When he finally hit rock bottom and came to his senses, he wondered if he could go home. Was his father’s love great enough to take him back? If not, he would gladly sign on as a hired hand. At least there wouldn’t be any pigs to contend with. So, he decided to suck it up and prepare himself to hear his father say: “I told you so.” As he was a distance off, approaching the farm, his father saw him and, filled with compassion, ran to him throwing his arms around his neck and kissing him. Not the reception he expected, but one he welcomed. The son said to him, Father, I have sinned against heaven and against you. I am no longer worthy to be called your son. Forget about it! Bring some clean clothes and some sandals. Kill the fatted calf, let’s celebrate, for this son of mine was dead and is alive again, he was lost and is found. And they partied.
The father watched and waited. He was dealing with a human being with a will of his own, but he was ready to greet his son if he returned. In the same way, God’s love is constant and patient and welcoming. He will search for us and give us opportunities to respond, but he will not force us to come to him. Like the father in this story, God waits patiently for us to come to our senses. God’s great love reaches out and finds sinners no matter why or how they got lost.
Now, the older brother represents those long-time people of faith who have walked a path of righteousness and have a difficult time in accepting a returning sinner. The brother is like the Pharisees who were angry and resentful that sinners were being welcomed into God’s kingdom by this itinerant rabbi. They thought they had sacrificed so much and had done so much for God that it just wasn’t fair. It’s easy to resent God’s gracious forgiveness of others whom we consider to be far worse sinners than ourselves. People who repent after leading notoriously sinful lives are often held in suspicion and churches are sometimes unwilling to admit them to membership. Instead, we should rejoice like the angels in heaven when an unbeliever repents and turns to God. Like the father in our parable, accept repentant sinners wholeheartedly and give them the support and encouragement that they need to grow in Christ.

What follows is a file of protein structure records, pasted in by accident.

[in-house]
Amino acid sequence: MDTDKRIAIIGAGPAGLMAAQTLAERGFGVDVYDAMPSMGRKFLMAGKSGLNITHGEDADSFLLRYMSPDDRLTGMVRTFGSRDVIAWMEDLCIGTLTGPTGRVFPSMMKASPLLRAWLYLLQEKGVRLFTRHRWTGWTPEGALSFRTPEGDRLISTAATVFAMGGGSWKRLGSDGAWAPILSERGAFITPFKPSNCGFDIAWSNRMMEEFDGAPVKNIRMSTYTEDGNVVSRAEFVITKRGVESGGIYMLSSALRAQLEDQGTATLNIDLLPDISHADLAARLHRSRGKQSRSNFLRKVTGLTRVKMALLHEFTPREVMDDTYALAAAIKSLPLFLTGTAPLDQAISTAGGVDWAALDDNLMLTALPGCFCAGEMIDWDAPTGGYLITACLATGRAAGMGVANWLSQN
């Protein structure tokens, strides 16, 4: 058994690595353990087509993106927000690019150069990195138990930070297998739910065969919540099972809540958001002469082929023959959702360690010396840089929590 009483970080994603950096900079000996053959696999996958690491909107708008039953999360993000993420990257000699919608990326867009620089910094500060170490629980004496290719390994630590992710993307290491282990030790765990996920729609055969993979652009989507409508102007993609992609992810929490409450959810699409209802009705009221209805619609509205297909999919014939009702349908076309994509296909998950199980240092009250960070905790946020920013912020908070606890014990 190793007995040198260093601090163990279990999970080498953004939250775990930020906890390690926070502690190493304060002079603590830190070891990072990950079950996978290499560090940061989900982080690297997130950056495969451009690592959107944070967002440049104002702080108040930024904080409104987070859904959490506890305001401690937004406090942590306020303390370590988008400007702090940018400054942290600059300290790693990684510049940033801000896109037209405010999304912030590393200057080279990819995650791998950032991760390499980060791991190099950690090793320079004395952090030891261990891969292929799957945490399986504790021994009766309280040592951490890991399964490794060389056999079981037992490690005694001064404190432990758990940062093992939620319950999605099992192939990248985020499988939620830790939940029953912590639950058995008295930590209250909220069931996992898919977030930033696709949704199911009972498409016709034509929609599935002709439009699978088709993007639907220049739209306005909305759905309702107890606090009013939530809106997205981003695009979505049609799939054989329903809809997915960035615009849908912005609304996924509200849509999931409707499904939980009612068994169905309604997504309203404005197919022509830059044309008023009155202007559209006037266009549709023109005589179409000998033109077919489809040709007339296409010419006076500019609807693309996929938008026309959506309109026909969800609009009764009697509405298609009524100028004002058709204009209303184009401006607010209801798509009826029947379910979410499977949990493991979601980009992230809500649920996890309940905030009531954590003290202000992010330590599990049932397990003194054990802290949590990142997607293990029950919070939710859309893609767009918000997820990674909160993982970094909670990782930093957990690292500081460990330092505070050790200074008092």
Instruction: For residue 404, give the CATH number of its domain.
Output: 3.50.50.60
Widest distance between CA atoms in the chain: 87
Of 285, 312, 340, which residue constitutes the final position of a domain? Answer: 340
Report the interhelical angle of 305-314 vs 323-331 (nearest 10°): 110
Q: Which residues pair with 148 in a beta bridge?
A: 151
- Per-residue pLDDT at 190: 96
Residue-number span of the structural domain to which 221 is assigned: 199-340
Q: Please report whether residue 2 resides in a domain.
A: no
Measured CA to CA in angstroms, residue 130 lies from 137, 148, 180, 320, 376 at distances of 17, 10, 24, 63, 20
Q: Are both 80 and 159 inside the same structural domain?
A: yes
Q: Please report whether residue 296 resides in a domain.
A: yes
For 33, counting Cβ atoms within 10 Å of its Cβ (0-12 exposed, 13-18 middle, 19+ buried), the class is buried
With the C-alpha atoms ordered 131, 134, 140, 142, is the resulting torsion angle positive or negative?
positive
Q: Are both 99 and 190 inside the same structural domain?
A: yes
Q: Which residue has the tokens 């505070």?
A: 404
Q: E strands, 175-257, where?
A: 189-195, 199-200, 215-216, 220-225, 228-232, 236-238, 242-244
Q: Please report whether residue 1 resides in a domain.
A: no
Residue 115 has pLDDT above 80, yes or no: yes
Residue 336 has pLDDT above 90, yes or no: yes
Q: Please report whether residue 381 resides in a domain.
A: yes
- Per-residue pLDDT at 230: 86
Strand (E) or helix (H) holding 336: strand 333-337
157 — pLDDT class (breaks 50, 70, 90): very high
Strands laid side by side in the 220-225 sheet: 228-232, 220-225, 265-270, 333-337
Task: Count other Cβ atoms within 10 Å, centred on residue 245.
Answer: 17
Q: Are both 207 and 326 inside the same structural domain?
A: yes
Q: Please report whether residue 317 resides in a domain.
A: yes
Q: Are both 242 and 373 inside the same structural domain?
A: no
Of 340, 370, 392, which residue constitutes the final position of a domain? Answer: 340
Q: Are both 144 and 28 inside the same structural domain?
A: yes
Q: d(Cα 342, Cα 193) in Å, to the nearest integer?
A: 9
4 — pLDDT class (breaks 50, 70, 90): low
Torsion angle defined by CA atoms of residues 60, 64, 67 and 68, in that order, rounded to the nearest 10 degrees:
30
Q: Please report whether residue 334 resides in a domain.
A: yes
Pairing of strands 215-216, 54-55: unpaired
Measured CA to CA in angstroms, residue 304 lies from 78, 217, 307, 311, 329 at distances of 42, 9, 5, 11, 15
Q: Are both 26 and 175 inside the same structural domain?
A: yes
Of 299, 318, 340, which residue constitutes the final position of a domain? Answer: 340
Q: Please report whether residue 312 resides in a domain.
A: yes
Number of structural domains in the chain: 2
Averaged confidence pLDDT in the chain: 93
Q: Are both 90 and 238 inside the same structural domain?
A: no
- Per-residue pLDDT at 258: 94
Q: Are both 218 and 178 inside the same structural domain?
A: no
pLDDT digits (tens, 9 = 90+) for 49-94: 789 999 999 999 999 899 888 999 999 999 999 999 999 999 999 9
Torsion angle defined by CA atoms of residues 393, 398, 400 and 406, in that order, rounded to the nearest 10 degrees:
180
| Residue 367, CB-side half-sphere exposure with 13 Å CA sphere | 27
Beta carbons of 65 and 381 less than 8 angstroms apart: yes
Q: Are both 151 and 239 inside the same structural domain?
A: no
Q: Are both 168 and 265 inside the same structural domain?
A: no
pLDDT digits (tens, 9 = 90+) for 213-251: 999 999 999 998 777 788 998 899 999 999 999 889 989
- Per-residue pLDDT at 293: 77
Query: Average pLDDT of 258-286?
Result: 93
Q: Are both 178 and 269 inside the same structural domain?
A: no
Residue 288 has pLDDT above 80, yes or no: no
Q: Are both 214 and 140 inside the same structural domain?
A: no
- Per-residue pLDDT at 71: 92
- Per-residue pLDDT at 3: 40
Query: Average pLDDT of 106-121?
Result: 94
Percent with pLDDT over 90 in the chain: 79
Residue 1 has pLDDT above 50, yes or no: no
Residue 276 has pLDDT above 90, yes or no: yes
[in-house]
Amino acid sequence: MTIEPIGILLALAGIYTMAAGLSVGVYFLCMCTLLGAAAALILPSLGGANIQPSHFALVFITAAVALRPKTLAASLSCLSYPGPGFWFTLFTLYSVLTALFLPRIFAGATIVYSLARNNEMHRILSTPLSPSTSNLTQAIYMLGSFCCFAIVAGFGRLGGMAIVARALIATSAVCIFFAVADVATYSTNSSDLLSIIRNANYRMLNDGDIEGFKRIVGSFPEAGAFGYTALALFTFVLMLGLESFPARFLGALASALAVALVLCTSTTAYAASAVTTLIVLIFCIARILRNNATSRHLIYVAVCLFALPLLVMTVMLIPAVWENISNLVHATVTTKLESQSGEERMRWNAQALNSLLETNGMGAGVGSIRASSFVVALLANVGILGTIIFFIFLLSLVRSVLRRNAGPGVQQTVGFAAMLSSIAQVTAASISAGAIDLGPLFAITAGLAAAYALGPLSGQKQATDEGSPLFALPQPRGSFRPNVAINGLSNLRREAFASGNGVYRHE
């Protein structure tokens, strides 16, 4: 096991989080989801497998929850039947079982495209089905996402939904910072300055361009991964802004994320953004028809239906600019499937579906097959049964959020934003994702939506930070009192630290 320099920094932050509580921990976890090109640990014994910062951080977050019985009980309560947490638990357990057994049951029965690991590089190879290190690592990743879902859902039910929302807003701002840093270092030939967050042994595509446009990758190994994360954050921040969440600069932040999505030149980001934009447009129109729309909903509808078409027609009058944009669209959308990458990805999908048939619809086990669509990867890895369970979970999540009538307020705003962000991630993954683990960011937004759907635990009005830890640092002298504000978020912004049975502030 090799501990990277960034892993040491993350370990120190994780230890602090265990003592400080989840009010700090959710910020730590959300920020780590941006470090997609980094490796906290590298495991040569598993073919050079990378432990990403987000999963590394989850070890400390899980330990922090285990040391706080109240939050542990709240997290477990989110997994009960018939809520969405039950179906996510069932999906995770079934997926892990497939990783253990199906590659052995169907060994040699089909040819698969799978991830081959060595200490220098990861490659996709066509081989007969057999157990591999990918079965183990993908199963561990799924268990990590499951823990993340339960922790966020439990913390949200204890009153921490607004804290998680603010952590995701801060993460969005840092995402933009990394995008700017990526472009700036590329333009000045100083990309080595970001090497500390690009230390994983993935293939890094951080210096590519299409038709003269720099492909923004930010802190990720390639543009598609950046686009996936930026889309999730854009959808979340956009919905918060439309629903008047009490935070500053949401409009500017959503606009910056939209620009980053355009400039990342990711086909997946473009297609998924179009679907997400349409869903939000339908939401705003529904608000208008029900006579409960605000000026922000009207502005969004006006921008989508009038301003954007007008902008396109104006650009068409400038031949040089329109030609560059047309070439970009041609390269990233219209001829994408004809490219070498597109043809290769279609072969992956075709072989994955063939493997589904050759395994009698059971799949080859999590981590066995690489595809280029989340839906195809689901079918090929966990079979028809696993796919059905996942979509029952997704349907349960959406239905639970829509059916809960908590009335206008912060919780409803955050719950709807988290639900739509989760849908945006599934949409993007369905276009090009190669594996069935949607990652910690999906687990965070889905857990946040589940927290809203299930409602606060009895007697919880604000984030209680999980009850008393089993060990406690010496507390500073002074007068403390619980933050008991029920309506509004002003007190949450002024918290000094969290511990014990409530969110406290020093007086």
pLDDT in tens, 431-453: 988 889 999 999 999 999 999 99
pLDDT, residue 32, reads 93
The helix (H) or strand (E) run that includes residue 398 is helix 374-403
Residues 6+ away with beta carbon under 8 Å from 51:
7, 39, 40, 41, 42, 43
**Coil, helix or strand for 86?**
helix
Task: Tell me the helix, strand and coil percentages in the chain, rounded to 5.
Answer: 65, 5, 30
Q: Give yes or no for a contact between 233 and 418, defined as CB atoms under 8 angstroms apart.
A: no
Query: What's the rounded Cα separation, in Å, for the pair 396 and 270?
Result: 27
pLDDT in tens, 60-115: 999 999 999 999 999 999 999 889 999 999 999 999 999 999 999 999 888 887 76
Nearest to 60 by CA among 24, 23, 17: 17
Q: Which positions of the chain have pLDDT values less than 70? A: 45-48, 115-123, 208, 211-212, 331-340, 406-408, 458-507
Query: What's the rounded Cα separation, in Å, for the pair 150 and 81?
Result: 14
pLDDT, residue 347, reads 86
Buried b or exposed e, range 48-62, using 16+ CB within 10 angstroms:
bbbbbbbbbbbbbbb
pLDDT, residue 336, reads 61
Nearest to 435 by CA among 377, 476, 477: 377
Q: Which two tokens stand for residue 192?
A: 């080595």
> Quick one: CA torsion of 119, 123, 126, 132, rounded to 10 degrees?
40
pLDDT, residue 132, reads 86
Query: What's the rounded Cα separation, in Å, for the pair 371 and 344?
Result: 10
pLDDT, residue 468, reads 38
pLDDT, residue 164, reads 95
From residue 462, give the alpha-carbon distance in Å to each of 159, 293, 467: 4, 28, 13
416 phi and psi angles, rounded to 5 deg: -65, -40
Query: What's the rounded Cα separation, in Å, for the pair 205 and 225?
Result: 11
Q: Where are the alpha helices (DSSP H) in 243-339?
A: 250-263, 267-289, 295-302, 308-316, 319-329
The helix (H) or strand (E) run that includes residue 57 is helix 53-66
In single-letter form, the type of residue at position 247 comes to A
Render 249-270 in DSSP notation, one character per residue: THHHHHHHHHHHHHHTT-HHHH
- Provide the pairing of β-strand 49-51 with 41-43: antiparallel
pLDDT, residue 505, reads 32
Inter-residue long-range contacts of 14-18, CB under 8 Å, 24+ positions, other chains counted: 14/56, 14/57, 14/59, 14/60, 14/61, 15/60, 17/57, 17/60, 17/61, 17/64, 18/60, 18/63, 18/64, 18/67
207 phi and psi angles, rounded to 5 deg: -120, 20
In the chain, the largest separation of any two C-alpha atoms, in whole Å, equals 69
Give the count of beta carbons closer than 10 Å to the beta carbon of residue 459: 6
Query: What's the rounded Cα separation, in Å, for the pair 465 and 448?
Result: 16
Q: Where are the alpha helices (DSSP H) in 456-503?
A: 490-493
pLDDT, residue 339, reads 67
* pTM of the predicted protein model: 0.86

If you are refusing to forgive someone, forget about it! You’re missing a wonderful opportunity to experience joy and share it with others. Make your joy grow, forgive somebody who has hurt you. Forgive them today, welcome them back with open arms. Celebrate the return of a restored relationship. And, if you’ve wandered away and squandered what you had, it’s not too late to come home, to return to a relationship and the life that God the Father wants you to have. God’s love is reaching out no matter why or how you are lost.
Please pray with me.
Softly and tenderly, Jesus is calling for you and for me. He’s waiting and watching, watching for you and for me. Don’t tarry when Jesus is pleading, do not linger or fail to heed his mercies, the mercies he has for you and for me. Don’t let another moment pass for the shadows are gathering and the end of our times are coming, coming for you and for me. O for the wonderful love he has promised, even though we have sinned, he has mercy and pardon, mercy and pardon for you and for me. Jesus is calling, calling, O sinner come home. In Jesus’ name we pray, Amen.